At the start of a new decade, a TV program based on an overseas concept premieres in the U.S. Featuring ordinary people, the show becomes an instant ratings hit, fueling discussion about the wider implications for network television.
Would the answer be “Who Wants to Be a Millionaire,” a British transplant? “Survivor,” CBS’ Swedish export? Or perhaps “Big Brother,” that network’s soon-to-premiere Dutch treat?
Try “America’s Funniest Home Videos,” introduced as an ABC series in 1990. Hosted by Bob Saget, the show quickly vaulted to the top of the prime-time ratings, prompting hand-wringing about whether a camcorder-toting generation with a taste for “reality” would spell the death of conventional sitcoms and dramas.
Based on a segment within a Tokyo Broadcasting System program called “Fun With Ken and Kato Chan,” “Videos” even spurred controversy. Indeed, a former screener let The Times’ Howard Rosenberg view rejected submissions that suggested some people were putting their children and pets in harm’s way seeking to appear on the show--including footage of a dog being set loose to kill a pet bunny and several seemingly staged videos that placed kids at risk, among them a little girl in a party dress allowed to climb a slide and descend into a mud puddle, hitting her head and crying.
The show added on-air disclaimers to tape safely, but some still wondered if the format encouraged dangerous behavior, all in pursuit of a $10,000 weekly payout that preceded a season-ending $100,000 bonanza.
Aside from prize inflation, the more things change, the more they seemingly stay the same.
“Home Videos” producer Vin Di Bona has watched first the game show “Millionaire” and now “Survivor” mirror some of the hoopla that surrounded his program. And while the endurance of these new hits remains in question (“Videos” ran for nearly a decade, giving rise to a host of imitators and the spin-off “America’s Funniest People”), Di Bona is hardly surprised to see the pattern repeating itself.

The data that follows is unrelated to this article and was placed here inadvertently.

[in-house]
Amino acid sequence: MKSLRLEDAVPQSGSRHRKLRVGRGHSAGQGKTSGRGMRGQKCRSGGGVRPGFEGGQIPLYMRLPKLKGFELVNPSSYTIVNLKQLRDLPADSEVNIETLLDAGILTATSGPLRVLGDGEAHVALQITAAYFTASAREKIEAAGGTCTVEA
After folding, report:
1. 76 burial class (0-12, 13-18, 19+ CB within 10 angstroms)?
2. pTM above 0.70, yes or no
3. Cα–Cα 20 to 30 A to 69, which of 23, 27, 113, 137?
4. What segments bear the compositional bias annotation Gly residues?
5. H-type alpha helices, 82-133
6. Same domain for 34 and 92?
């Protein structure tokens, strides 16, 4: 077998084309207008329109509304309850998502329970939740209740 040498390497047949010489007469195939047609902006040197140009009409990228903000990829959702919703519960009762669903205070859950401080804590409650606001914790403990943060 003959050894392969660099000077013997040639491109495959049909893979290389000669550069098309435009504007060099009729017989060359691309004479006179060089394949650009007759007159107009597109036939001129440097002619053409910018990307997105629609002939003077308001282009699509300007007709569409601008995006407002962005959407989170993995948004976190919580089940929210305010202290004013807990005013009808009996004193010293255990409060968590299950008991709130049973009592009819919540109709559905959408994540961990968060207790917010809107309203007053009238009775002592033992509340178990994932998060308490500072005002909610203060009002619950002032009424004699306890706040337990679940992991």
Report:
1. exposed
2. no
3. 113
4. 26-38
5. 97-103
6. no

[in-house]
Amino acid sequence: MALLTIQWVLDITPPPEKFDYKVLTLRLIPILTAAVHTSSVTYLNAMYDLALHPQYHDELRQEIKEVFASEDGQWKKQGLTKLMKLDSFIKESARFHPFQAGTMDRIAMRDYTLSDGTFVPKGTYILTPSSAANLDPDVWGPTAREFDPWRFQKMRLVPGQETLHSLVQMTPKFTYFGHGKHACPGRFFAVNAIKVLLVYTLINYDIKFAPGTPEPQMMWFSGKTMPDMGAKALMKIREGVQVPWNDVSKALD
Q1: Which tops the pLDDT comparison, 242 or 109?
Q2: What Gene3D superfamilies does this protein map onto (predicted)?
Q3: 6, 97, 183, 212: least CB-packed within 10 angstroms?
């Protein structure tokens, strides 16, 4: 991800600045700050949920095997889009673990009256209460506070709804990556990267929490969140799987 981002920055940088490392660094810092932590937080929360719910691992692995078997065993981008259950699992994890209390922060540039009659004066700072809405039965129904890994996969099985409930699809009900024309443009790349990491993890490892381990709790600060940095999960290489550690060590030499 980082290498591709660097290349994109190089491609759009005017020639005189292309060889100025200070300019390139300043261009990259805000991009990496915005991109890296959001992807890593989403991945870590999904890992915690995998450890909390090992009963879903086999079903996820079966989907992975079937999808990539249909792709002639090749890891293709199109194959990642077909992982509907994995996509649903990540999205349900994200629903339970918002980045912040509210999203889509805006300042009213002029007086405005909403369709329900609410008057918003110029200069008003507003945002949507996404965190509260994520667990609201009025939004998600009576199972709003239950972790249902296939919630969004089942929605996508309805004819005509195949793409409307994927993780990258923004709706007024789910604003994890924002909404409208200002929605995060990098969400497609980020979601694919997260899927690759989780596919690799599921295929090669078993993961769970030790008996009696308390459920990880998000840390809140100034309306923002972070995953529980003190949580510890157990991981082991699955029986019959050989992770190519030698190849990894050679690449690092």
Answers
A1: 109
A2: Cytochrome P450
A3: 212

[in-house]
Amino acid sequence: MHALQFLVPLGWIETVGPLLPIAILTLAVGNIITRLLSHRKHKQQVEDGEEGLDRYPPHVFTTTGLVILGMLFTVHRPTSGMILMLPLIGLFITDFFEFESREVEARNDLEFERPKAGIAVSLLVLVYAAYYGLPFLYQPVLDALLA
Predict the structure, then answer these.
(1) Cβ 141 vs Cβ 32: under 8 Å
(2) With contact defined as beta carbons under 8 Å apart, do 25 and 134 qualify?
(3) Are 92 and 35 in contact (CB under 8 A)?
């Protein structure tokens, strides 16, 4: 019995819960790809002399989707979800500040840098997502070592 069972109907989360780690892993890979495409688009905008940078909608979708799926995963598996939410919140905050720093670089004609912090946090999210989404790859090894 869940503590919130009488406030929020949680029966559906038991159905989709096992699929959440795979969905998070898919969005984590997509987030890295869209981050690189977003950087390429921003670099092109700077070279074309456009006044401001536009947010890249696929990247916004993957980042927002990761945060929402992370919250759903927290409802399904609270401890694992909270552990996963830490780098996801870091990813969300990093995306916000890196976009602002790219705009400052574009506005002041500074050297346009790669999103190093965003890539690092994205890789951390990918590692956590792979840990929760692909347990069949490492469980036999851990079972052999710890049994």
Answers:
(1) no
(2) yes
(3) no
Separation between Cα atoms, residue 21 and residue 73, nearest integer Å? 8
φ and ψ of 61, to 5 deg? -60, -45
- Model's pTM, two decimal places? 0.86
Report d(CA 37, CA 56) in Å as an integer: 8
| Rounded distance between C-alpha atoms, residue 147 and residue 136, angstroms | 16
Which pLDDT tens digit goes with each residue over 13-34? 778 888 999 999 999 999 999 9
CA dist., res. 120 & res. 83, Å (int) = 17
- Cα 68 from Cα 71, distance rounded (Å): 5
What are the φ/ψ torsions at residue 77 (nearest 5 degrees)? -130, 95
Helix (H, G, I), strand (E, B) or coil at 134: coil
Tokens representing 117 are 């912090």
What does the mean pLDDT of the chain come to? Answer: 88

“The ability to take a video camera and go in different directions has opened up new kind of shows for television,” Di Bona said. “The crucial thing that ‘Millionaire’ brought back to us was the acceptance [that] everyday people are interesting.”
Stu Bloomberg, co-chairman of the ABC Entertainment Television Group, was at the network when “Videos” made its debut and cut his teeth developing variety shows. He, too, sees parallels in the reality cycle that go back even further, to the arrival of “Real People” and “That’s Incredible” in 1979 and ’80, respectively.
“I don’t think anything dies,” Bloomberg said, referring to program genres. “The nice thing that ‘Whose Line Is It Anyway?’ and ‘Millionaire’ did was show that people will accept [different formats] in prime time again. I never understood it when people said, ‘That doesn’t feel like a prime-time show.’ ”
The climate has changed so rapidly that Di Bona is pitching a revival of “The Big Moment,” a program that premiered on ABC a little more than a year ago and was summarily canceled. The show takes an ordinary person, assigns them some bizarre task--riding a unicycle through an obstacle course, or memorizing pi to the hundredth decimal point--watches him or her train, then sees how well the contestant performs in front of an audience, with prize money on the line.